There’s a video getting a lot of attention of a baby getting glasses for the first time. In the off-chance you haven’t seen it (it’s got over 30,000,000 views), take a look. It’s a wonderful and sweet video! According to her parents in this article, the baby, Piper, has glasses due to extreme farsightedness.
I love videos like this that show a baby or young child getting glasses and then reacting to being able to see. That video has been the subject of a whole lot of articles and news stories now, but I wanted to add some of my own thoughts.
What a great response to some of those questions we get so often about babies in glasses
Does a baby really even need glasses? It’s not like they have to drive or read a black board.
Take a look at that smile as she discovers even more of the world around her. So much of our learning is visual, and that includes all of the learning that happens early in life before a child can read.
How on earth can you keep glasses on a baby?
Well, it’s not so hard to keep their glasses on when the glasses help them see. (Not to say that it’s always smooth sailing all the time. Baby Piper’s parents mention in an interview with ABC News that she takes them off some times to chew on them still. That’s something I know a lot of us who have been through this can totally relate to.)
Not all babies who need glasses have that same reaction
These videos are wonderful to watch, and I could watch them over and over again, but I worry that they can set up unrealistic expectations, as not every child responds the same way to their first time in glasses. If your child doesn’t immediately love their glasses, know that you’re not alone! Prescriptions can take time to get used to as does having new equipment sitting on your face. If you’re having trouble introducing your child to glasses, take a look at some of our tips.
Vision issues in very young children are not all that rare. Have your child’s vision checked!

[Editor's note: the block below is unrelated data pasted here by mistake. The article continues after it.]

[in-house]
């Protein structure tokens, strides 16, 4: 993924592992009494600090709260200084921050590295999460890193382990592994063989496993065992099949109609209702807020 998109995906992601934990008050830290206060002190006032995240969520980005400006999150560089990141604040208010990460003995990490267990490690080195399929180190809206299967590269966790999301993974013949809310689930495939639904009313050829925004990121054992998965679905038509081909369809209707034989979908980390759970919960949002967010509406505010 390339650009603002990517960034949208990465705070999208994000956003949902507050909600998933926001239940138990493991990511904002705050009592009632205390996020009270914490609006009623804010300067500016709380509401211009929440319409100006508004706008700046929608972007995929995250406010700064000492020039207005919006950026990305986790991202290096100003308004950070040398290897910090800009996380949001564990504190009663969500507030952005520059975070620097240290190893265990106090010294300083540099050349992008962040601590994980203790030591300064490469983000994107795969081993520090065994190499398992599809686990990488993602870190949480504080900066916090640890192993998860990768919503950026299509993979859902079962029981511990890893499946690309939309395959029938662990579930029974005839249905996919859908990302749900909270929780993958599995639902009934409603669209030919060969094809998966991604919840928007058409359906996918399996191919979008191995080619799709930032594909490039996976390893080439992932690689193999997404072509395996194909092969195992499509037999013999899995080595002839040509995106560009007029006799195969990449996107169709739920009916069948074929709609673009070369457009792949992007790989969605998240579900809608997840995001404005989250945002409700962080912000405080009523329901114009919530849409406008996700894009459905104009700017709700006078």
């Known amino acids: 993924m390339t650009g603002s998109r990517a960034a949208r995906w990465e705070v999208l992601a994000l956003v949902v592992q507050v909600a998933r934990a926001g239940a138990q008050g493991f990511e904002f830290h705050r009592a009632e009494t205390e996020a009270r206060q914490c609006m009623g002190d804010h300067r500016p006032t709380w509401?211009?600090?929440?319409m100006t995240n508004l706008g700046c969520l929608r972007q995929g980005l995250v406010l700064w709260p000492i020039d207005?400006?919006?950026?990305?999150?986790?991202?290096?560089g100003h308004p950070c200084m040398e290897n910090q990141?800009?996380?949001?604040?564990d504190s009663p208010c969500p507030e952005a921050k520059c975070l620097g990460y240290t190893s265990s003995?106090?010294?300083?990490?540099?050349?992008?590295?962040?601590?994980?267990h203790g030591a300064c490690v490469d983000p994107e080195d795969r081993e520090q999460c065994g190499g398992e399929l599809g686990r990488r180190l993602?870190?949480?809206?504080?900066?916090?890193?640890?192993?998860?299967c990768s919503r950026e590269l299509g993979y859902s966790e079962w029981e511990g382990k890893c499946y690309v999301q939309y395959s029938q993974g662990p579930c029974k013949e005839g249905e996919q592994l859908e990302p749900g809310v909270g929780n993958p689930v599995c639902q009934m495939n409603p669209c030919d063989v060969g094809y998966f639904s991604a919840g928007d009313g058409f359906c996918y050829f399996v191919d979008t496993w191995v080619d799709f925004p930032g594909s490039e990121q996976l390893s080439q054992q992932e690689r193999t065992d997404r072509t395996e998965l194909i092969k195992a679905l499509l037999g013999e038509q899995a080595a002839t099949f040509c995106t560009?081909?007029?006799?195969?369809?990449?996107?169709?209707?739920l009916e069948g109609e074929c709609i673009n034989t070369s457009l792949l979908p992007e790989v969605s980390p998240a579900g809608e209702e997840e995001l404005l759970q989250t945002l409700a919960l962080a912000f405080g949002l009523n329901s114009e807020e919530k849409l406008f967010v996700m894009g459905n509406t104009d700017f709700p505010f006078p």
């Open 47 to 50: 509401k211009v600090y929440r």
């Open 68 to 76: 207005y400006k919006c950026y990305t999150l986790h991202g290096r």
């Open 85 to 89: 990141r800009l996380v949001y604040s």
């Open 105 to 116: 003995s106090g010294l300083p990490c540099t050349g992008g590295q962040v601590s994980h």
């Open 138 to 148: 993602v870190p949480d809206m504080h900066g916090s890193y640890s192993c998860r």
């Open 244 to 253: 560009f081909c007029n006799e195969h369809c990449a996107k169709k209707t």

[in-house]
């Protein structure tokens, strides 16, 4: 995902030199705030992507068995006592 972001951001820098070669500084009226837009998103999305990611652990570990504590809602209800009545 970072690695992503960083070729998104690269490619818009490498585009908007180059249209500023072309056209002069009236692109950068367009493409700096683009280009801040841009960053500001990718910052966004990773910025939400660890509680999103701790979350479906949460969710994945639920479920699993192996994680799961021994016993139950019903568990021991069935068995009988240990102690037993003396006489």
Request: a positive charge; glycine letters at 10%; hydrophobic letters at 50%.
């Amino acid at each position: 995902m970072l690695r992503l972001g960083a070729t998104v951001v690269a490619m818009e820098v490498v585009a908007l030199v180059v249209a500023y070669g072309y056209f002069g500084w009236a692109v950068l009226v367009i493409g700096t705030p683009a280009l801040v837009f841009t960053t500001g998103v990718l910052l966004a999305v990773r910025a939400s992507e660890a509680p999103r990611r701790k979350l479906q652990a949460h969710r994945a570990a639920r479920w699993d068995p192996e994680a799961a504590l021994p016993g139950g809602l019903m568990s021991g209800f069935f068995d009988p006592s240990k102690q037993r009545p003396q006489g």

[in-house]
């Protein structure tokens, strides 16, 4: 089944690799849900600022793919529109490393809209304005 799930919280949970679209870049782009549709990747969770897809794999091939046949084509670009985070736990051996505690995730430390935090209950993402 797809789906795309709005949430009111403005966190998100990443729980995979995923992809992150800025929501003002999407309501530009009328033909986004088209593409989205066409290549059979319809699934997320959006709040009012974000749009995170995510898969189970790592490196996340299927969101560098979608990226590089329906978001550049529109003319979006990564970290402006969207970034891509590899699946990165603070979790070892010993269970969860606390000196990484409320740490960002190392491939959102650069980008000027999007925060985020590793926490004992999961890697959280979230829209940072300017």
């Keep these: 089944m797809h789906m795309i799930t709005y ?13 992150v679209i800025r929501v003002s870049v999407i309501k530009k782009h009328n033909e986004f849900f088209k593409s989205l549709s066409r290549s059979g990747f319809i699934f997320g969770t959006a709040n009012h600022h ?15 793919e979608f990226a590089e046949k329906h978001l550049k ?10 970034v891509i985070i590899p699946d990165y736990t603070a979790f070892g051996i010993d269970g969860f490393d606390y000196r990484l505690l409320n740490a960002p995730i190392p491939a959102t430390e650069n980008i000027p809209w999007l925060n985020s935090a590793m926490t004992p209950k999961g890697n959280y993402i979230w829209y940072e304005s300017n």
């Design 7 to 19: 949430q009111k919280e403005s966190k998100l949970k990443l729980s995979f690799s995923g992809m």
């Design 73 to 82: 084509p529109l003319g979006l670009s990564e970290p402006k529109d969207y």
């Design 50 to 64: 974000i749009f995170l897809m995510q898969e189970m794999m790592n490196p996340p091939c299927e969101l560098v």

What I really wish was emphasized in the stories about this video is how important it is to have your child’s vision checked. Most people don’t realize how many kids should be in glasses based on prescribing guidelines. One study of 533 children under the age of 2 found that 1-2% of the children met the prescribing guidelines for glasses (read the study here, table 7 has the percentages of children who should have glasses).
InfantSEE is a fantastic program in the US that provides free infant eye exams to babies 6-12 months old. Also, while pediatricians and schools often do vision screenings throughout childhood, those screenings can sometimes miss vision problems. If you ever suspect your child might have vision problems, please get them in to see an eye doctor who specializes in young children.
And finally, if you just want to watch a few more videos like the one above, check out our collection!
I’m so glad you warned me that not all babies have happy, excited reactions when getting glasses. My 6.5 month old son (now 8 months) didn’t react at all. He was stone faced, in fact! Aside from reaching out to grab something for the first time, I couldn’t tell that he realized he had glasses on at all. Thanks for the warning!
Oh you’re welcome! Zoe looked around wide-eyed at first, but as soon as we got home, she threw her glasses off as soon as we’d put them on. It did get better, eventually.